Thursday, July 28, 2011

Marianne Moore / Gary Lutz

Frank O’Hara, talking about a 1953 Joan Mitchell painting: “It is strikingly vital and sad, urging black and white lights from the ambiguous and sustained neutral surface, reminding one of Marianne Moore’s remark on obscurity: ‘One must be only as clear as one’s natural reticence permits,’ and making its point through deliberate avoidance of specific forms.” Moore’s remark occurring in “Feeling and Precision,” in a restrained palaver regarding “sentence structure” (“One of New York’s more painstaking magazines asked me . . . to analyze my sentence structure, and my instinctive reply might have seemed dictatorial: you don’t devise a rhythm, the rhythm is the person, and the sentence but a radiograph of personality”) and some “aids to composition” three:
. . . if a long sentence with dependent clauses seems obscure, one can break it into shorter units by imagining what phrases it would fall into as conversation; in the second place, expanded explanation tends to spoil the lion’s leap—an awkwardness which is surely brought home to one in conversation; and in the third place, we must be as clear as our natural reticence allows us to be.
My instinct is to proceed with my instinct, so: it occurs to me that the inheritor of Marianne (“we must have the courage of our peculiarities”) Moore’s lovely rhythmic sense—she speaks somewhere, too, of “a naturalness so studied as to annihilate itself” and of “superlatives, and certainties so sanguine as somehow to seem like uncertainties”—is Gary Lutz. The Lutz who says:
I try to be faithful to the way my nervous system handles the world. I can take in only one little thing at a time, and then only haltingly. There’s not much ongoingness, not much of a big picture, in my processing of inner and outer experience; there’s just a stutter of encapsulations, one after another. Maybe that explains why in my fiction the sentence and not the paragraph seems to be the unit and why there rarely seems to be a plot.
And adds: “I like definitions and compressive statements; I like things that sound definitive and compacted and quietingly final. I prefer the concentrated versions of anything.” “Quietingly final” sounds Moore-tinted to me. Or, think of the scrupulous complexity of Moore’s clarity (interviewed by Donald Hall for The Paris Review, she says: “I think the most difficult thing for me is to be satisfactorily lucid, yet have enough implication in it to suit myself. That’s a problem. And I don’t approve of my ‘enigmas,’ or as somebody said, ‘the not ungreen grass’”)—there’s a palpable delight there in the precise engineering of the tumblers of meaning, their apposite timing and release. Lutz:
I can spend large blocks of time within the enclosure of a single sentence, so by the time I get finished with a sentence, there might be a lot of emotional stress on the words. I think there can be a kind of micro-narrative unfolding within a single sentence, and I think that emotions can surge in the tiniest sectors of a sentence; the story, to me, needs to be in the syntax itself . . .
With uttermost randomness, one examines the beginning of Moore’s 1934 “The Frigate Pelican”:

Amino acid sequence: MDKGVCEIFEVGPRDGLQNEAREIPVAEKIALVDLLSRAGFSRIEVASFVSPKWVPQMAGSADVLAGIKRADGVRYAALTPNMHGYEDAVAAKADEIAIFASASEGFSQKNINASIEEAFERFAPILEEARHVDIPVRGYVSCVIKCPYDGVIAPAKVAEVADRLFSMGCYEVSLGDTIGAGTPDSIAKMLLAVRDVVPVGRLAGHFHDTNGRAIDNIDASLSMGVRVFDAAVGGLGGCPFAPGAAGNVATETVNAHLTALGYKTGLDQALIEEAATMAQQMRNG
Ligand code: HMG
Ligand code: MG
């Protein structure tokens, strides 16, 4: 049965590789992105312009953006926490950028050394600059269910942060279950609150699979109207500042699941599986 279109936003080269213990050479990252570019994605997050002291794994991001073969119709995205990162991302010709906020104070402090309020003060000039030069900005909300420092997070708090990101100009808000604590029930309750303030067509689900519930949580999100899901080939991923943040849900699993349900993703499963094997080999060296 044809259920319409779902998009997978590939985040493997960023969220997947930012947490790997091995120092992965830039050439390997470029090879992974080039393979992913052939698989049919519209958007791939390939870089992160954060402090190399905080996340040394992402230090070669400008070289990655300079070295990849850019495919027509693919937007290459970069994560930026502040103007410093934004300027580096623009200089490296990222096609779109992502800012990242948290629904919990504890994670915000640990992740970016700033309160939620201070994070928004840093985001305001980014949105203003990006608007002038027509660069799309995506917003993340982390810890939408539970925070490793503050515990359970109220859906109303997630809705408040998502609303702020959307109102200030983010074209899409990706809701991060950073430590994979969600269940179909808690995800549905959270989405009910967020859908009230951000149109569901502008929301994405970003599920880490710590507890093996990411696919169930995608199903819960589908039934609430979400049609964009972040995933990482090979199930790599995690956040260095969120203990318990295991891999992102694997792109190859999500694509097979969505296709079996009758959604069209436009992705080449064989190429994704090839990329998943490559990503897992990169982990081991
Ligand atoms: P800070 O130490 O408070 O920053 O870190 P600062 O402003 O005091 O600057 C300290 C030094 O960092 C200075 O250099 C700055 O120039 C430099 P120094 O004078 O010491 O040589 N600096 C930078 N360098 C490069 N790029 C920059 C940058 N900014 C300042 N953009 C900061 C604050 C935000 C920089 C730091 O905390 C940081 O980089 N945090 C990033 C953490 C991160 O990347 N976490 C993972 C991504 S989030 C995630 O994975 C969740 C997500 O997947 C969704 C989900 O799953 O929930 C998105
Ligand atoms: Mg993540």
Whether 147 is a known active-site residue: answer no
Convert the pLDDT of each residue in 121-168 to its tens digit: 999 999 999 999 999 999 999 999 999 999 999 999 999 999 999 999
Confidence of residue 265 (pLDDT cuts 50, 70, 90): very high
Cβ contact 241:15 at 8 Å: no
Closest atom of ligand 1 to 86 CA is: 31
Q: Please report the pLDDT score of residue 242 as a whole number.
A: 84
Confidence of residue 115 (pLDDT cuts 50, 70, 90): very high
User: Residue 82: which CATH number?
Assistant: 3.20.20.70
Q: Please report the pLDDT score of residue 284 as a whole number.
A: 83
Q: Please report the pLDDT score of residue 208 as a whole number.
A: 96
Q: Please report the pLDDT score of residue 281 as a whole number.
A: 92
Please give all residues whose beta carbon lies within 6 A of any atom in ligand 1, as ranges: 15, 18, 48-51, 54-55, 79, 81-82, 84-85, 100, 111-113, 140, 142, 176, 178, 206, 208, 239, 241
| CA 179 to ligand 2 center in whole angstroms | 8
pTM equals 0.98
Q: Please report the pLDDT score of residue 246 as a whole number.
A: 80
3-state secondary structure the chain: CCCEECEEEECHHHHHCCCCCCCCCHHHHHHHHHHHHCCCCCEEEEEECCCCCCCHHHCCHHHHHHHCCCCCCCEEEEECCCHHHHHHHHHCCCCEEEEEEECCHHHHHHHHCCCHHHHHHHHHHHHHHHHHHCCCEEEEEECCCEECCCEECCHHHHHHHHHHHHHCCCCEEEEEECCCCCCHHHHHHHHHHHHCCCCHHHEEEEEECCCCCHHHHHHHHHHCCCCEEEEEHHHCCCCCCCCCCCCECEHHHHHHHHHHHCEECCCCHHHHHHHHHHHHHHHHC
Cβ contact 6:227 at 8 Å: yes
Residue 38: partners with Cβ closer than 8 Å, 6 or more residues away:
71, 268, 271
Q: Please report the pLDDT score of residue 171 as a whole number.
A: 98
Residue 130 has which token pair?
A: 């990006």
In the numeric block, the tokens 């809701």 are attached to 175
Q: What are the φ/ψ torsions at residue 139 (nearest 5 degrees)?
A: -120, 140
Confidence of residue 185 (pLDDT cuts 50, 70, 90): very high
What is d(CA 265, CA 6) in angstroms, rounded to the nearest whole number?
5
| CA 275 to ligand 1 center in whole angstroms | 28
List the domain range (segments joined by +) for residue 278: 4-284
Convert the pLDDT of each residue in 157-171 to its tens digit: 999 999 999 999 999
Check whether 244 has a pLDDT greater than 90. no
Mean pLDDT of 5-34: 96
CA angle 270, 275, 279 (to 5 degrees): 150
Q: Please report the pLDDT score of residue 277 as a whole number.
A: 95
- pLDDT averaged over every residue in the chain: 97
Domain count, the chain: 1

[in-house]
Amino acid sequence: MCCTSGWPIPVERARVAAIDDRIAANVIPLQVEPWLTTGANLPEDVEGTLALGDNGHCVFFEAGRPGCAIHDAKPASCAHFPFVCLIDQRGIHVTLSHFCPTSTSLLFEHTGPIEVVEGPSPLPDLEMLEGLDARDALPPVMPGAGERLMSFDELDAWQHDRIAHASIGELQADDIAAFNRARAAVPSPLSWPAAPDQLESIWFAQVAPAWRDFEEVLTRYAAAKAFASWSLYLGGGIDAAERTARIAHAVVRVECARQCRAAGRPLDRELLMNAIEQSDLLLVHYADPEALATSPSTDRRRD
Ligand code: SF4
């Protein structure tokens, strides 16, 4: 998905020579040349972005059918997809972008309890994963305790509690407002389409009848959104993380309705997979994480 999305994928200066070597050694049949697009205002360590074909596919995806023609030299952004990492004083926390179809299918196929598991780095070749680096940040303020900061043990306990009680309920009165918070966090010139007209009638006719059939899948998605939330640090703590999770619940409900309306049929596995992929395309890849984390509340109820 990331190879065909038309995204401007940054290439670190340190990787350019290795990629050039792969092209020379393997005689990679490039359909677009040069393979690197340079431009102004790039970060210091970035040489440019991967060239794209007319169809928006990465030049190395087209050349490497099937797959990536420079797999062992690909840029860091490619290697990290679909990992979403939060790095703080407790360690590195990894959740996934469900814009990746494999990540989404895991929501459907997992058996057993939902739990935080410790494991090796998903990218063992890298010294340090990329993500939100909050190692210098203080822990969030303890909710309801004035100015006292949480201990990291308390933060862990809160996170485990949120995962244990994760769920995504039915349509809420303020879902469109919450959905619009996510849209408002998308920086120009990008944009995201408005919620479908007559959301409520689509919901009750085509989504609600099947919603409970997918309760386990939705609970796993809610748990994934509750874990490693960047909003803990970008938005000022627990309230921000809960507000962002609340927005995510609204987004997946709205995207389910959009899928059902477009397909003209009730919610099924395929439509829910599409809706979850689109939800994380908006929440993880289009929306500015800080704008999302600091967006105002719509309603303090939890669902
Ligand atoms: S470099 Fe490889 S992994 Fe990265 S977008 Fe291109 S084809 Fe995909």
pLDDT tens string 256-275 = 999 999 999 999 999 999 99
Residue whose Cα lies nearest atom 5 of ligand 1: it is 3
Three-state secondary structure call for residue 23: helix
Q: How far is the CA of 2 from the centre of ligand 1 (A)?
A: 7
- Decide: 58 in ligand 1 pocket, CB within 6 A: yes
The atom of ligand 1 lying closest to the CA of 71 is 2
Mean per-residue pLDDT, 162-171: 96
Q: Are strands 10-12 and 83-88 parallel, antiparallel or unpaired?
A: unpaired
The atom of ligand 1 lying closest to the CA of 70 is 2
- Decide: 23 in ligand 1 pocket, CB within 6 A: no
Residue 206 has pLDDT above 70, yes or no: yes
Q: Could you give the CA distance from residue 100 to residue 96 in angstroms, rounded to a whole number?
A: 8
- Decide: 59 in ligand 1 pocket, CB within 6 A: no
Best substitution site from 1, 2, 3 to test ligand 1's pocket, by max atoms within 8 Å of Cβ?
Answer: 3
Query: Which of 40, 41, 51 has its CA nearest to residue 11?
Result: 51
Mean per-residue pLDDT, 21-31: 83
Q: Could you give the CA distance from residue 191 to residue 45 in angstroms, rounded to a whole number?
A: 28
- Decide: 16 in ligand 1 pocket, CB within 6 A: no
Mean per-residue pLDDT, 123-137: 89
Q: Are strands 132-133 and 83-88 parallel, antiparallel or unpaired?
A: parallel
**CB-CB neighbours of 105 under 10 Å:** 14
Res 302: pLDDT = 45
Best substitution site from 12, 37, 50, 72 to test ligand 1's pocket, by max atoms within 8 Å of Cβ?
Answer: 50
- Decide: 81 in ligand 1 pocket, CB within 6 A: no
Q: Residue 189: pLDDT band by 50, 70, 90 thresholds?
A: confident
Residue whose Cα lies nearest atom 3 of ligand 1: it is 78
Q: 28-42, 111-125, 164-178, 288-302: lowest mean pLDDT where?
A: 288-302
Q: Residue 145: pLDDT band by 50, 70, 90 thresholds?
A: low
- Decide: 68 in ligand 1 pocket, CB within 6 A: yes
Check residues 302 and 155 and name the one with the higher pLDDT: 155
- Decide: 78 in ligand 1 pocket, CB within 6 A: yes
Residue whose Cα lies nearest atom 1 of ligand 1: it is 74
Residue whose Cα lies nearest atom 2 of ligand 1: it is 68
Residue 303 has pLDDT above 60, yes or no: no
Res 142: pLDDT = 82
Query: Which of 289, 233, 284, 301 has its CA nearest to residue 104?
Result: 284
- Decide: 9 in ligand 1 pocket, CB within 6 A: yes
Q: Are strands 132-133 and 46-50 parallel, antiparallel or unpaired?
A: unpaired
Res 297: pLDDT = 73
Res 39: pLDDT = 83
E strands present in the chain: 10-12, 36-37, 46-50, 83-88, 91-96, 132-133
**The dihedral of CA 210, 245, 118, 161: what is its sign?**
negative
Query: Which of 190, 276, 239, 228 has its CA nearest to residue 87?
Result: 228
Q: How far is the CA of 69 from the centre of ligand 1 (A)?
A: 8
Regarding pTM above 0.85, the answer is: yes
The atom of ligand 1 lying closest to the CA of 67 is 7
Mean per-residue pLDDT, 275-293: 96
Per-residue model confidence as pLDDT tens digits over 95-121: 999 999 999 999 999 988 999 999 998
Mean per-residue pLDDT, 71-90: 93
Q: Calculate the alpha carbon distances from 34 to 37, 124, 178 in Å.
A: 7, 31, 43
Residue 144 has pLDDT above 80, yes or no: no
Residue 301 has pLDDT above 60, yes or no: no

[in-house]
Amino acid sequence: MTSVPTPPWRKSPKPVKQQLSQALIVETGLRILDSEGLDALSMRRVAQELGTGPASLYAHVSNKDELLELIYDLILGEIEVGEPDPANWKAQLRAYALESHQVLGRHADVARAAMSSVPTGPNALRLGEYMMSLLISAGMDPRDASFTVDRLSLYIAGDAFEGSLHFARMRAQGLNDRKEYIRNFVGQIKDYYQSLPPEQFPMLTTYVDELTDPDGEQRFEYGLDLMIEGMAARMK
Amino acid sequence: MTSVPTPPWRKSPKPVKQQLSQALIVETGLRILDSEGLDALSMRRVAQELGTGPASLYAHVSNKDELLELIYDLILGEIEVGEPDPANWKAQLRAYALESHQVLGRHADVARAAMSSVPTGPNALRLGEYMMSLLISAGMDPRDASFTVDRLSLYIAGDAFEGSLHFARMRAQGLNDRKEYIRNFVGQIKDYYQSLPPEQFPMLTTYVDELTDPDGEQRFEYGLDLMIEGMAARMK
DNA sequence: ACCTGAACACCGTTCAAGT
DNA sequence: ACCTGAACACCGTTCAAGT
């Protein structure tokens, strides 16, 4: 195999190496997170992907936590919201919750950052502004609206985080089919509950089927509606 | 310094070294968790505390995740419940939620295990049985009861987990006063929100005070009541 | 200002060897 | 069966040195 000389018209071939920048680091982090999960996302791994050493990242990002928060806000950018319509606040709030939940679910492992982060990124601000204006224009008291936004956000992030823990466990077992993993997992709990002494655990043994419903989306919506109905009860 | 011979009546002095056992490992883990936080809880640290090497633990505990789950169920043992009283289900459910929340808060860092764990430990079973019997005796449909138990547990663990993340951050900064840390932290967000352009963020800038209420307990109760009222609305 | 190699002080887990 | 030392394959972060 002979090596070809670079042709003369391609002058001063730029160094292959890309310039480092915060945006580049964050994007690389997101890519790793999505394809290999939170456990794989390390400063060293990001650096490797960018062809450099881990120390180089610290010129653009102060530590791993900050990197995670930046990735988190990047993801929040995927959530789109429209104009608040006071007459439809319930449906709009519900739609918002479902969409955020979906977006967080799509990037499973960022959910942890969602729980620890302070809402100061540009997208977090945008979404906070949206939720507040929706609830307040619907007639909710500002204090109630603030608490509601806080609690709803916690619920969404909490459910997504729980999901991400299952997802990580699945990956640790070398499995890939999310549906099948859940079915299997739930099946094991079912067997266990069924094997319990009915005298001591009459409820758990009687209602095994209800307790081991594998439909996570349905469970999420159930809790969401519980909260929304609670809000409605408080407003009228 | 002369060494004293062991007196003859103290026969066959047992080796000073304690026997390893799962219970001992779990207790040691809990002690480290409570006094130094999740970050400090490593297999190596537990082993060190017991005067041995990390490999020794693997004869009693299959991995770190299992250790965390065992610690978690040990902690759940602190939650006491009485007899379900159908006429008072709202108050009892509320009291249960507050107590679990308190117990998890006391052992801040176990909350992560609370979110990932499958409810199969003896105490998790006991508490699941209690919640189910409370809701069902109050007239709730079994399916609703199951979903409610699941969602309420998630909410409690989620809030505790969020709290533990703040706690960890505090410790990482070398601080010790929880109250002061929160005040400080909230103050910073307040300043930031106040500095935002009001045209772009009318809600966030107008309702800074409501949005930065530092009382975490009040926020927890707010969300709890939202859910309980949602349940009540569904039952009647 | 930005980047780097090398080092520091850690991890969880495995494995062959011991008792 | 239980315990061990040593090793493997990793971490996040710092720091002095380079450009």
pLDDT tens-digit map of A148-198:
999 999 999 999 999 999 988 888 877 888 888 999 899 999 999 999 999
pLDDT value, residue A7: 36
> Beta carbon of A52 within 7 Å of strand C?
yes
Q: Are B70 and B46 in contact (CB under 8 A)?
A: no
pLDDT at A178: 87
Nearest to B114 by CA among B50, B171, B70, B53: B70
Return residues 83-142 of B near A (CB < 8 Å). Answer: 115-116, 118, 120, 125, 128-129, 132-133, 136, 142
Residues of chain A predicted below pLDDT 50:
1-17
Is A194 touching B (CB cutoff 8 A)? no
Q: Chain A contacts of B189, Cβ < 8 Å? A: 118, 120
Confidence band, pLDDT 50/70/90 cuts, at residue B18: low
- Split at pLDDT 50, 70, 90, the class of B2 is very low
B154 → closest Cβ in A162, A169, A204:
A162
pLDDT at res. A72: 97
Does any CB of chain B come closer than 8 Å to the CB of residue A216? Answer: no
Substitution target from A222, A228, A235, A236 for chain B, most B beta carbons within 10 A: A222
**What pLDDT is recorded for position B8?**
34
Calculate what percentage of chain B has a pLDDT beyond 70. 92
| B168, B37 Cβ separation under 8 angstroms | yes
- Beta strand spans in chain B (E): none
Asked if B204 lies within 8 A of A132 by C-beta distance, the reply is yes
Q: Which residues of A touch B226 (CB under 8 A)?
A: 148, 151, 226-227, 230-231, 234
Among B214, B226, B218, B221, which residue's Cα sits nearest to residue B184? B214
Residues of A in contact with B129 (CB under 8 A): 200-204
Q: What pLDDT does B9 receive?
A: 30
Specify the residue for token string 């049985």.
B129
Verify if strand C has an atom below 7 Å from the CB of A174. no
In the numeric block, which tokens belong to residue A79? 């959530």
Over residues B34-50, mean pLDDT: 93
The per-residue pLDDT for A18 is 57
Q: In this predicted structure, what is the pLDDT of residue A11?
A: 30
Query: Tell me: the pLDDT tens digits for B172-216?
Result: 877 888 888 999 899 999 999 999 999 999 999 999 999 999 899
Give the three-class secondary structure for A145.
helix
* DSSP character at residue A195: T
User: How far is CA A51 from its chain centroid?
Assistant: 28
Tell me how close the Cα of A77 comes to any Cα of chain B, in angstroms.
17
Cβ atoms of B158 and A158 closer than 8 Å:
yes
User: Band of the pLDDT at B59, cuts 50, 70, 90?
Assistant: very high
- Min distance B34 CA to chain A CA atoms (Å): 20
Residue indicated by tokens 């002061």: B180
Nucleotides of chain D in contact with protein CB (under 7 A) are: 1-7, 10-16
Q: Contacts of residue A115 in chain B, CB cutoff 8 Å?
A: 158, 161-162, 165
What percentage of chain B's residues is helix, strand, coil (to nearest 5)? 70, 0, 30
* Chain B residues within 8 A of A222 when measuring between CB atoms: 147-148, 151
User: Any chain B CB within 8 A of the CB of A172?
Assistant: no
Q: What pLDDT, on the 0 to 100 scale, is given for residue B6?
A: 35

Rapidly cruising or lying on the air there is a bird
      that realizes Rasselas’s friend’s project
      of wings uniting levity with strength. This
            hell-diver, frigate-bird, hurricane-
bird, unless swift is the proper word
            for him, the storm omen when
      he flies close to the waves, should be seen
            fishing, when he cares to fish,
      although he seems to wish

to take, on the wing, from industrious cruder-winged species,
      the food they have caught, and is seldom successless.
Is it that “successless” that so abruptly, humorously, points to the sentence’s daffy constructedness that makes one think of Lutz? Random Lutz plunk-down (out of the story, “Esprit de l’Elevator,” in the 1996 Stories in the Worst Way):
One morning the supervisor stuck his head into my doorway and, taking in the undeserved spaciousness of the office, asked whether I thought I could maintain my level of performance if an additional employee were assigned to the room. Having always been sympathetic toward whoever has hired me when he discovers by galling degrees the set of fixations I bring to bear on even the most perfunctory of tasks, I said yes. A second desk was presently steered into the office. A man was brought in to sit at the desk with his back toward me. By the end of the first hour, my every movement had become an exact but involuntary belittlement of his swivelings, his head-tossings and hair-sweeps, the flights of his arms. I felt thrown off my body. The accuracy went out of my work.
Isn’t the full-blanch bravado of “the accuracy went out” akin to Moore’s “successless”? (I love how the reader’s allowed to (or must) run through the “by galling degrees” that particular sentence’s own “set of fixations” in order to arrive at the reply, “yes.”) Or, page-turning, Lutz’s Moore-like aside “(Littlenesses, piled high, do not suddenly amount to anything immense.”) Savvy in its obviousness (and good-humoredly oblivious to its savvy), the kind of remark that—oddly, implausibly—repels irony’s constant essay at purchase, and betrays a remarkably just savoir-vivre. See Moore’s own “We call climax a device, but is it not the natural result of strong feeling?”

Gary Lutz